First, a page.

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OREM CHIEF HOPES TO PUT `PEOPLE' TOUCH ON POLICING

Andy of Mayberry will feel right at home in the future city of Orem USA.

That's because the new police chief, Jay A. Carey, is dedicated to moving "back" to the kind of community policing typified by the character from the old television series, where the city cop is literally the guy next door.Carey - replacing Ted Peacock, who retired in 1994 - wants to see beats established that keep the same faces in the neighborhoods, policemen on bicycles, on foot and working hand-in-hand with citizens.

He wants to see a community that feels a kinship with the police force.

And he wants to preserve the precious resource of the community he finds in Orem defined in a large part by people who believe in a strong work ethic and family values.

"Community policing represents a very real partnership between the community and the police," said Carey, who's just begun his second month as head of Orem's Department of Public Safety overseeing 125 people - both fire and police departments.

Carey comes from Newport News, Va., where he commanded a department of 450. He also worked in Haiti for the Justice Department, establishing an interim police force to replace military soldiers. He brings experience in working with the community policing concepts and strong convictions about what Orem has to its credit.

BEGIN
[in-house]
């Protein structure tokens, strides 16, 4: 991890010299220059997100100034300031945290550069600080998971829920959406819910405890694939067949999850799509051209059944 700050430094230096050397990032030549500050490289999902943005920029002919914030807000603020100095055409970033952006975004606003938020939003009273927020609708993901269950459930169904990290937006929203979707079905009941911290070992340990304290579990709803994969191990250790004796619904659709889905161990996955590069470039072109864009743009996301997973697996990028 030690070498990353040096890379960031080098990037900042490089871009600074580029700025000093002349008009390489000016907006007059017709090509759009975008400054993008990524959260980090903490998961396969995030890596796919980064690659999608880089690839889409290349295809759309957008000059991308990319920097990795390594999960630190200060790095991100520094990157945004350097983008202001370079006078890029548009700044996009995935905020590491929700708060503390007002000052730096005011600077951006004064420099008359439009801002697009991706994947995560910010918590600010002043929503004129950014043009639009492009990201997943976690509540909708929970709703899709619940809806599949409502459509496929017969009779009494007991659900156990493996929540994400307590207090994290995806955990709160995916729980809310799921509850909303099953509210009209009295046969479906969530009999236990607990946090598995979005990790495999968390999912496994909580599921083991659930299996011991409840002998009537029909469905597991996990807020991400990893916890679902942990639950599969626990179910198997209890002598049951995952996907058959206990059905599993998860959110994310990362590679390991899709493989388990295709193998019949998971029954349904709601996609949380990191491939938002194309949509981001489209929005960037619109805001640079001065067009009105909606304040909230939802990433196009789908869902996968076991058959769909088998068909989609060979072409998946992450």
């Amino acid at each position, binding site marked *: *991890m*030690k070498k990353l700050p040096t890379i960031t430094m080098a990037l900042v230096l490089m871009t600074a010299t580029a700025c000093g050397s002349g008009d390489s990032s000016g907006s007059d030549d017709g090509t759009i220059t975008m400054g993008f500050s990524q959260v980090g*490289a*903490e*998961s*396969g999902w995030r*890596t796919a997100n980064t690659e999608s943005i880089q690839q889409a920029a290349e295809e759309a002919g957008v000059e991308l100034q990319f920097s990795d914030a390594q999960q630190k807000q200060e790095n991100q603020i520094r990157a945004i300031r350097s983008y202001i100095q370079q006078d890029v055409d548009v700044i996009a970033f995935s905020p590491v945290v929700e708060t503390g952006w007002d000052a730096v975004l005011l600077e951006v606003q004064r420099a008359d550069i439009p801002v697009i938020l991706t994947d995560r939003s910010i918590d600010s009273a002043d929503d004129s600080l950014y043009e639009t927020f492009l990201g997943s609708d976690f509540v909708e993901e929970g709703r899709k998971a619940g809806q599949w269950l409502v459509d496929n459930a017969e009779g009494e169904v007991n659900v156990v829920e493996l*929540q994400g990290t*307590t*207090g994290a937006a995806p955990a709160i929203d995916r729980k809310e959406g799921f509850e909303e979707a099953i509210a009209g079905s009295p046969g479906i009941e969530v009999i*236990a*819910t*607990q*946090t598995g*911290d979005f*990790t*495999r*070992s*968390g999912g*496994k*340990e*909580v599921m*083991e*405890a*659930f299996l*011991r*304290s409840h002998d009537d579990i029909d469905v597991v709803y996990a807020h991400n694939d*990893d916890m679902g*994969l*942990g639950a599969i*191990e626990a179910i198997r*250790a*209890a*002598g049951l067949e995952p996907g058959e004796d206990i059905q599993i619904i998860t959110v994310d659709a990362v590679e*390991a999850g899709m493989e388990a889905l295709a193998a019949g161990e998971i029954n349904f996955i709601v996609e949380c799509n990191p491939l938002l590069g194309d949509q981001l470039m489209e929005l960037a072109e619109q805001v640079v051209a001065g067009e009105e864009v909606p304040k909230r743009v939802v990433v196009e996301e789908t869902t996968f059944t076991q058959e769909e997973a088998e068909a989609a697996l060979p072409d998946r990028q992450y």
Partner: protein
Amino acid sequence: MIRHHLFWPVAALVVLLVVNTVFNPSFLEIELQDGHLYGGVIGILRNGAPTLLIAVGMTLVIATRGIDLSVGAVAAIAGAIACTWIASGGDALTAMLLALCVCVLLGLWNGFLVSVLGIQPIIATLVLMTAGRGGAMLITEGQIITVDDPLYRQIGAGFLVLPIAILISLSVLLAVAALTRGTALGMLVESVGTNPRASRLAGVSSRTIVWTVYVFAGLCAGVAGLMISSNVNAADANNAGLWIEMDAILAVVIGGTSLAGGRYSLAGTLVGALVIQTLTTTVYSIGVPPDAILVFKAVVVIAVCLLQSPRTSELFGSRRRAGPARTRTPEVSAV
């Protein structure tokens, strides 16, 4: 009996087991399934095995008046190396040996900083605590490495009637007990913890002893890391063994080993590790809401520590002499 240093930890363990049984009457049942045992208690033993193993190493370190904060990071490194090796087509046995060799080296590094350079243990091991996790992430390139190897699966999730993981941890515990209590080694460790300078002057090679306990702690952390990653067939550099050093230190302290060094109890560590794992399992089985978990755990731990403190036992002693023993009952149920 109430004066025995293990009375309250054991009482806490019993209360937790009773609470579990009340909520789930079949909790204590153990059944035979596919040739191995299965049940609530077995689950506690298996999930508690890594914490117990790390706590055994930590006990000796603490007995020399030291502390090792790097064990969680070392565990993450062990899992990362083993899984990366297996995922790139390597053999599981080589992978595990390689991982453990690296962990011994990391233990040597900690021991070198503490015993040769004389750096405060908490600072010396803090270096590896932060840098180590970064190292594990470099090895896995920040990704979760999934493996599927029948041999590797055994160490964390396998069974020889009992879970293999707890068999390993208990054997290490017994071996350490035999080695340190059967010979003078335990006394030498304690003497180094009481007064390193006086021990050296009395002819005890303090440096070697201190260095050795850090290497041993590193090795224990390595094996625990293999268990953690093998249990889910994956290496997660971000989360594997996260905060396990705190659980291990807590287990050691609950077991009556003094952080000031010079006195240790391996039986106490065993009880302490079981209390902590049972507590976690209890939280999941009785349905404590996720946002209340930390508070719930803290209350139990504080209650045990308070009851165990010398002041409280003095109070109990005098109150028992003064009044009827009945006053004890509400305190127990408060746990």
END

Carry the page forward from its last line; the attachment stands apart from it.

"What needs to be done in so many cities is already occurring here. Orem has things that most cities in America dream about," said Carey.

"Now's the time when it's going so well and we can see the strains coming, now is when we need to strengthen it. There's a fundamental recognition across the nation that what we have to do is get back to the basics, strengthen the families, the community."

Community policing can foster that, says Carey.

"The public is involved. They feel and they do have some say so in what happens. We are pro-active rather than just reactive.

"That doesn't mean we become incautious or soft on crime," said Carey, but "rather we provide some tools that can help preserve what this community already has. We don't throw out the book on law enforcement but increase the emphasis on prevention" with an increase on programs such as D.A.R.E., "Officer Friendly," neighborhood watch efforts and citizen training.

Comparatively, Orem has an "outstanding" record of crime prevention, he said, with only one homicide, 12 rapes, 14 robberies and 44 aggravated assaults recorded for the past year.

"What occurs over a whole year in Orem occurs in a major metropolitan area in a month."

And while Orem and the Utah Valley area as a whole is certainly not immune to violent crime, drug trafficking or gang problems, Carey said he does not believe people realize how truly unique it is to have so few problems.

"It's incredible. I'm just glad to be a part of it," he said.

Carey said the public safety officers he's met are dedicated, anxious to serve and make a difference in the community.

Government officials are close to the people and the problems that need solving.

"One of the ways community policing works is to have the police officers become catalysts for community involvement, for getting things done and fixed. Here you have such a community-oriented government that it will be much easier for officers to deal with quality of life issues.

"This will refine and build on what's already going on, what you already have. It's common sense, really."